About the Study

To what extent the use of Computerized Diagnostic Decision Support Systems (CDDS) actually improves the quality of medical diagnoses and consequential health outcome of the individual patient remains unknown. One highly specialized algorithm recently outperformed even the best dermatologist in diagnosing skin lesions. However, such success has so far only been achieved in visual tasks where there is little to no variation in information format or content and where human error is already quite low. How CDDS performs on more “messy” and less well structured tasks that involve human interactions, such as evaluation of common symptoms like fever, abdominal pain or syncope remains unknown.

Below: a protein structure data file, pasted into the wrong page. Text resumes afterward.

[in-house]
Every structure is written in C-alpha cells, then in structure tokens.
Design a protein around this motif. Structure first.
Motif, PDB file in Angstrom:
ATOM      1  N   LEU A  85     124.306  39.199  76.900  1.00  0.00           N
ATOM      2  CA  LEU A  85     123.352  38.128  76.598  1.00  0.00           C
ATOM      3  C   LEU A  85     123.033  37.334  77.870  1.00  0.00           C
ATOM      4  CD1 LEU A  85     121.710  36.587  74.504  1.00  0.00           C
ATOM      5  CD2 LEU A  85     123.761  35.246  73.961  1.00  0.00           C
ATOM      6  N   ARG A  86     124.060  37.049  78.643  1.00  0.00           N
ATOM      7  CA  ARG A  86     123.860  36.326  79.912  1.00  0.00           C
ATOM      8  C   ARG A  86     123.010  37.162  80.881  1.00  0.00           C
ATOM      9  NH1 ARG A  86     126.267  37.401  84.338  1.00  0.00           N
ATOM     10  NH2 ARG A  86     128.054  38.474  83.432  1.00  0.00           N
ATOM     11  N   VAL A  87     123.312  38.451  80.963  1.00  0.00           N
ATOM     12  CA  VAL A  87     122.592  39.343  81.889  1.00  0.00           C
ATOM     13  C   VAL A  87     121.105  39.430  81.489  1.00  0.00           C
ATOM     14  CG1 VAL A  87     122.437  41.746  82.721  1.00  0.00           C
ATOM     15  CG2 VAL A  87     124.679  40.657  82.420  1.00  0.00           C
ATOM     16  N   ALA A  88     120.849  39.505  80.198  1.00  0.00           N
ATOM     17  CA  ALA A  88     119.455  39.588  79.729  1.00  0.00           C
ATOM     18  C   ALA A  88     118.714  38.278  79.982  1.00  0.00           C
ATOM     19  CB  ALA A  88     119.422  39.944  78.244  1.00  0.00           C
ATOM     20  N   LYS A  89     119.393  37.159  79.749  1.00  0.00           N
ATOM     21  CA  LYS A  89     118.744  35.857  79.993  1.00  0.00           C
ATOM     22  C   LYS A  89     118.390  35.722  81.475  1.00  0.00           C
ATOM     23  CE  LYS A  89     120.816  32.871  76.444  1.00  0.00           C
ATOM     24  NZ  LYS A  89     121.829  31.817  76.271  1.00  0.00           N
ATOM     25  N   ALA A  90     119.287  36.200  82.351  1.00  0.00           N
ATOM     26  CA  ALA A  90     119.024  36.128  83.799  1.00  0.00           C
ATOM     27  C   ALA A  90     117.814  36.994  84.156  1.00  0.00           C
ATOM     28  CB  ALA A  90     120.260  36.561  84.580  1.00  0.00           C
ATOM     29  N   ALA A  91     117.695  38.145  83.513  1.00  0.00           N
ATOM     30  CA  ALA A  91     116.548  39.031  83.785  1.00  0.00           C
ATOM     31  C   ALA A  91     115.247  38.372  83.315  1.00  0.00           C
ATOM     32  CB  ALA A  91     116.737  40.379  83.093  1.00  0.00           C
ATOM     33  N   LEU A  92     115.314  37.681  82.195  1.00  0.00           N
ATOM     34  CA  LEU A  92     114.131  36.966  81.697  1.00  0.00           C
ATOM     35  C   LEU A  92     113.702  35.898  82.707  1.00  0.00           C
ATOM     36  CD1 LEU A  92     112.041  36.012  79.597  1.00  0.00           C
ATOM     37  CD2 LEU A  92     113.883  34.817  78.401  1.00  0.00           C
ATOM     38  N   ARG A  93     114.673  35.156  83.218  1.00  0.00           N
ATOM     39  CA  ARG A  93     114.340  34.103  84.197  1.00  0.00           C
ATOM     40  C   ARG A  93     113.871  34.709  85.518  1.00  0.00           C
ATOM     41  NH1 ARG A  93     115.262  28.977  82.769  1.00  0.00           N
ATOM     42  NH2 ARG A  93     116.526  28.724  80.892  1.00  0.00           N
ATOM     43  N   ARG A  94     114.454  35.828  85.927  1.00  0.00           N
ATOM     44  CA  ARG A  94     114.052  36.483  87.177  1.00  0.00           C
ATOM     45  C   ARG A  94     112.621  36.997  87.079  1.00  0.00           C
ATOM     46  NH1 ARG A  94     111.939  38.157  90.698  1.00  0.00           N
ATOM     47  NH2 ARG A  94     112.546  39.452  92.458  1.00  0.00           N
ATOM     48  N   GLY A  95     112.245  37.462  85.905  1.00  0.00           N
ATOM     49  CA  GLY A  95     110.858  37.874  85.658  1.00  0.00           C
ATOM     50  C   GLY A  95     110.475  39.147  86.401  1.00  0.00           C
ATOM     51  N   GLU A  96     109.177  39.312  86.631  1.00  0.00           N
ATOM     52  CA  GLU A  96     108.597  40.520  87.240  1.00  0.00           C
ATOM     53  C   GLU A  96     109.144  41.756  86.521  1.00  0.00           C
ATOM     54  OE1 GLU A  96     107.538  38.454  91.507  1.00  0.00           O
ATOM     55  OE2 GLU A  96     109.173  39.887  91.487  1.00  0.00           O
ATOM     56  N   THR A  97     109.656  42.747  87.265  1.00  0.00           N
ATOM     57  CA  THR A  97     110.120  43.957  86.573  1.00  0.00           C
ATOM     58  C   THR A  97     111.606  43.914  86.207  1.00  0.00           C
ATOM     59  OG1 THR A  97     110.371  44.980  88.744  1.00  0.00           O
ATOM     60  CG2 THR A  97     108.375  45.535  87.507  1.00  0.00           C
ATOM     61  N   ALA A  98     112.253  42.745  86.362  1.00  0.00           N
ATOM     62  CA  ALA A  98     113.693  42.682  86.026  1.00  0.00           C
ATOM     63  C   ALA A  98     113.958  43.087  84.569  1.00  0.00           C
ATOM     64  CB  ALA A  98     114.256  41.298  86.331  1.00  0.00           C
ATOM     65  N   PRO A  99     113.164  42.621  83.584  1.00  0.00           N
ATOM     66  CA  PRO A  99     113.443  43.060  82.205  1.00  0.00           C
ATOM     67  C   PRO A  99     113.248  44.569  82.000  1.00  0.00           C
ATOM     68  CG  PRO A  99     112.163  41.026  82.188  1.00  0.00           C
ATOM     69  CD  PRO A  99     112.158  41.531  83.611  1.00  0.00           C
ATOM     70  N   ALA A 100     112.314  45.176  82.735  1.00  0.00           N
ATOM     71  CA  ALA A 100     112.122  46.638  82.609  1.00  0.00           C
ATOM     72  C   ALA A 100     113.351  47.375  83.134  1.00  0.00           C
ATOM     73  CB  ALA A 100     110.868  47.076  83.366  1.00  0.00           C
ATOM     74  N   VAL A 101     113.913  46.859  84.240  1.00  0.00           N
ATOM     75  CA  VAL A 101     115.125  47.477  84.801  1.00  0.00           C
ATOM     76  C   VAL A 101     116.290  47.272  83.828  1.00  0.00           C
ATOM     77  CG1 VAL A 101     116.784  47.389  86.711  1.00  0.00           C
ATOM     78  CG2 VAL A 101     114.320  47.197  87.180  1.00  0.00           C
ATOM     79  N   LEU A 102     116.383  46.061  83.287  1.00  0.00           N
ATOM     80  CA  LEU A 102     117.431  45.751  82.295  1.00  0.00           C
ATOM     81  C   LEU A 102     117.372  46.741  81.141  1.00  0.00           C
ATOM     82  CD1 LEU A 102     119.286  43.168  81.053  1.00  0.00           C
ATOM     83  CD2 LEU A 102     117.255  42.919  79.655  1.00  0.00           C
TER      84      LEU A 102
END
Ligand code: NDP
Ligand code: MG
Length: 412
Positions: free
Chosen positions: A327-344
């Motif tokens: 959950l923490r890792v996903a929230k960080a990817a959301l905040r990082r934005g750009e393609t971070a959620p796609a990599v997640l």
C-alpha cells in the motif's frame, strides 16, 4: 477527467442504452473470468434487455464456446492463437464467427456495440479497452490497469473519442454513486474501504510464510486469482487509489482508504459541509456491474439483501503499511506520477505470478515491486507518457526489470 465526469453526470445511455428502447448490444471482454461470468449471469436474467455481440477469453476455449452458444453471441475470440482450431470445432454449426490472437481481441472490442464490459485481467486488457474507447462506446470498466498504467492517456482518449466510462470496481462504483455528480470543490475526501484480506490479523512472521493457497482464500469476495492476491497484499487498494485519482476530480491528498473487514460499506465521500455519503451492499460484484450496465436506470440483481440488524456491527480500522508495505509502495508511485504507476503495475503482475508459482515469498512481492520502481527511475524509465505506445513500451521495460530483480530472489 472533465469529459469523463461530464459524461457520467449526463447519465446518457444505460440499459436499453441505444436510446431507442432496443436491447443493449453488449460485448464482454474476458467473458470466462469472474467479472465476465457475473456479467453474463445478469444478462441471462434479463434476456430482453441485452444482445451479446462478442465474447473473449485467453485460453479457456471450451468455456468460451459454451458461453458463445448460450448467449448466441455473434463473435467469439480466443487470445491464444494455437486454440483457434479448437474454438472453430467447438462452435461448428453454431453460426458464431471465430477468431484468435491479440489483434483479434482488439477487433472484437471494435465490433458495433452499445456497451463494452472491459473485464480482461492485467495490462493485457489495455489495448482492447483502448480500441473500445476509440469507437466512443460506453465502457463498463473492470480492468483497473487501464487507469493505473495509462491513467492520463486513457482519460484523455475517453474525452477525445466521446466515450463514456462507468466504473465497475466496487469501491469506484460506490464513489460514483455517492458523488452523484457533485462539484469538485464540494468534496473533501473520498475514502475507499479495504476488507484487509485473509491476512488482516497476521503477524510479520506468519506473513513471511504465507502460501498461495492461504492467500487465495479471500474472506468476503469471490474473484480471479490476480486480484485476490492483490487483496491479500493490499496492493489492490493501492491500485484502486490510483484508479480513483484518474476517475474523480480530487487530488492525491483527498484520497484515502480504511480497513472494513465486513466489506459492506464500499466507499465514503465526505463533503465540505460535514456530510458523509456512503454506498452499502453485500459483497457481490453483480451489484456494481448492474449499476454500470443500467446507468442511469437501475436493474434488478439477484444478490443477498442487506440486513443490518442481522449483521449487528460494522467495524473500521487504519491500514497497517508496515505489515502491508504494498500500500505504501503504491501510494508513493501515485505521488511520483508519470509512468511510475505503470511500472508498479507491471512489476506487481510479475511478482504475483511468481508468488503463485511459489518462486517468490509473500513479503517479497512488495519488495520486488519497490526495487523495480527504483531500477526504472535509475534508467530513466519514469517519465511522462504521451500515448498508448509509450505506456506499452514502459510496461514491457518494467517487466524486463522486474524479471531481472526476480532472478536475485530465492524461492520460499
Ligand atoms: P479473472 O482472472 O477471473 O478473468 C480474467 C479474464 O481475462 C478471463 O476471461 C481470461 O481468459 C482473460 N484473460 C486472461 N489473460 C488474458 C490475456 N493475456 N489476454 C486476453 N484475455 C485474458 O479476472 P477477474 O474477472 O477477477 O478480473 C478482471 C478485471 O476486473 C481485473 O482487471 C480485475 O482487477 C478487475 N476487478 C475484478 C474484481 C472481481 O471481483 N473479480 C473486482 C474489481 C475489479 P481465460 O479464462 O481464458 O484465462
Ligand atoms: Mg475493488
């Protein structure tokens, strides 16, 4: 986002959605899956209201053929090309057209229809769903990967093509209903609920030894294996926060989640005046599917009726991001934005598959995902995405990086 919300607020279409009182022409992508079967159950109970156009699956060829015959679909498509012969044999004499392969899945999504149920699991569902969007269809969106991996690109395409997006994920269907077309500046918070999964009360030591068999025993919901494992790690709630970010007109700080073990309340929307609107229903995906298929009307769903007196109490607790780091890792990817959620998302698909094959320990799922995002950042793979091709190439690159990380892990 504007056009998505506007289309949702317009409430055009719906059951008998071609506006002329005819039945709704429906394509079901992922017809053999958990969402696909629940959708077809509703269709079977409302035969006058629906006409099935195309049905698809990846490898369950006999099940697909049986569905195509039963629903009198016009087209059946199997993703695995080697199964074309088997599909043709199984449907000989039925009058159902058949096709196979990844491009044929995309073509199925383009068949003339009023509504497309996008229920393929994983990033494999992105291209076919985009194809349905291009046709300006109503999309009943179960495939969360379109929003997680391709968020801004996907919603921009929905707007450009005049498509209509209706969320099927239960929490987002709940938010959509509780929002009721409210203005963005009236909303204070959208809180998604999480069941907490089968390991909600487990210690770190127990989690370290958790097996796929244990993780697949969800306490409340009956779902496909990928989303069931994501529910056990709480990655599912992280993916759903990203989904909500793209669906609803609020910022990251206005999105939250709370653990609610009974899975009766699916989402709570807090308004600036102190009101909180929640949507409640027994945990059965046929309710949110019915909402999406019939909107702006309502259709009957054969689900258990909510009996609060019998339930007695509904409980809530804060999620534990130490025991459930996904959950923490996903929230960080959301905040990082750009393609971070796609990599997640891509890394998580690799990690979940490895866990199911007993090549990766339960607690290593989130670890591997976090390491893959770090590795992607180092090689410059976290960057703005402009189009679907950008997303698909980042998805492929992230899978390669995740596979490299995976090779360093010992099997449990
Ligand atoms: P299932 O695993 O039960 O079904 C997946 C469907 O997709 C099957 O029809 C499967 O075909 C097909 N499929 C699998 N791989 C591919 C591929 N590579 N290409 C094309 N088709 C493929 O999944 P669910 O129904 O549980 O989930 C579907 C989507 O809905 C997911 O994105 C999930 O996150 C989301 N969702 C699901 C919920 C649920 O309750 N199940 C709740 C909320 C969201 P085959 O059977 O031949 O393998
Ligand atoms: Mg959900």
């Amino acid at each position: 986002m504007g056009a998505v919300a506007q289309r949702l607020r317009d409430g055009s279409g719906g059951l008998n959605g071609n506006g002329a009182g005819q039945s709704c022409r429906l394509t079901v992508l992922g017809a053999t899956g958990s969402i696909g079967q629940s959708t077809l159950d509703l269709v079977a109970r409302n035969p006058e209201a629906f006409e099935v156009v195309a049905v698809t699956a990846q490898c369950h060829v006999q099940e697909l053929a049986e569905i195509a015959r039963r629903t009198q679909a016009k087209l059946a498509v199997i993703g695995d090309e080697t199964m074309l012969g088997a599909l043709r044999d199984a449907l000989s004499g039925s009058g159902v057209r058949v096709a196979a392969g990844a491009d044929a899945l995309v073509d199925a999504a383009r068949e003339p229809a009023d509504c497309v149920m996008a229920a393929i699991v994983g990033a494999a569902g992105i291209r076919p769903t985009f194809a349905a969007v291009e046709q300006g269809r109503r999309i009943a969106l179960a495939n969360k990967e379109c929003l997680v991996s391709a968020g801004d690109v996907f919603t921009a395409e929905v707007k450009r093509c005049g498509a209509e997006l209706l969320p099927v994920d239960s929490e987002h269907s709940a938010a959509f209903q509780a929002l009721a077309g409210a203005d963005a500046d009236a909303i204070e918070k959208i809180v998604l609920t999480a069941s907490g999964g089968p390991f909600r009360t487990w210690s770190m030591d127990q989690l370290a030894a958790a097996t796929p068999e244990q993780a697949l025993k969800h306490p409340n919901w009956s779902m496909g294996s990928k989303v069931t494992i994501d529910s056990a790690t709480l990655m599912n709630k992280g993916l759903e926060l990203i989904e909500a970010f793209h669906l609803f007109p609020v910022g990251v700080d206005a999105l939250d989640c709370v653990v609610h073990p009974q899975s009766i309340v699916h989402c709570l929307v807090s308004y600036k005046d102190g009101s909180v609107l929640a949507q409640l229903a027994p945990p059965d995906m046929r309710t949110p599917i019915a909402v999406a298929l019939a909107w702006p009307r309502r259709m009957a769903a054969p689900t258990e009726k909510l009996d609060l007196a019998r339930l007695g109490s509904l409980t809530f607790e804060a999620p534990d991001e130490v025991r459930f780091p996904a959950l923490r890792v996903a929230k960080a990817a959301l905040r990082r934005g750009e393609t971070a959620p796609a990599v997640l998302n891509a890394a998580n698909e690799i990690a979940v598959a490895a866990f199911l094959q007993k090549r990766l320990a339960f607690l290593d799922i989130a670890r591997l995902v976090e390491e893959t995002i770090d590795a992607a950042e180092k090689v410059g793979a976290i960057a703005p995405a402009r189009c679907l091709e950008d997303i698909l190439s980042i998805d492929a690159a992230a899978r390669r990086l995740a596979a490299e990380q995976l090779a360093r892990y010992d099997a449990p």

We propose a prospective, cluster-randomized, cross-over, multicentre, open-label interventional clinical trial in Swiss Emergency Rooms using both qualitative and quantitative methods and analysis to evalute the effect of CDDS on the diagnostic processes and patient outcomes. We will focus on three common and frequently misdiagnosed symptoms: fever, abdominal pain and syncope. Patients will be followed-up for 28 days to evaluate outcomes.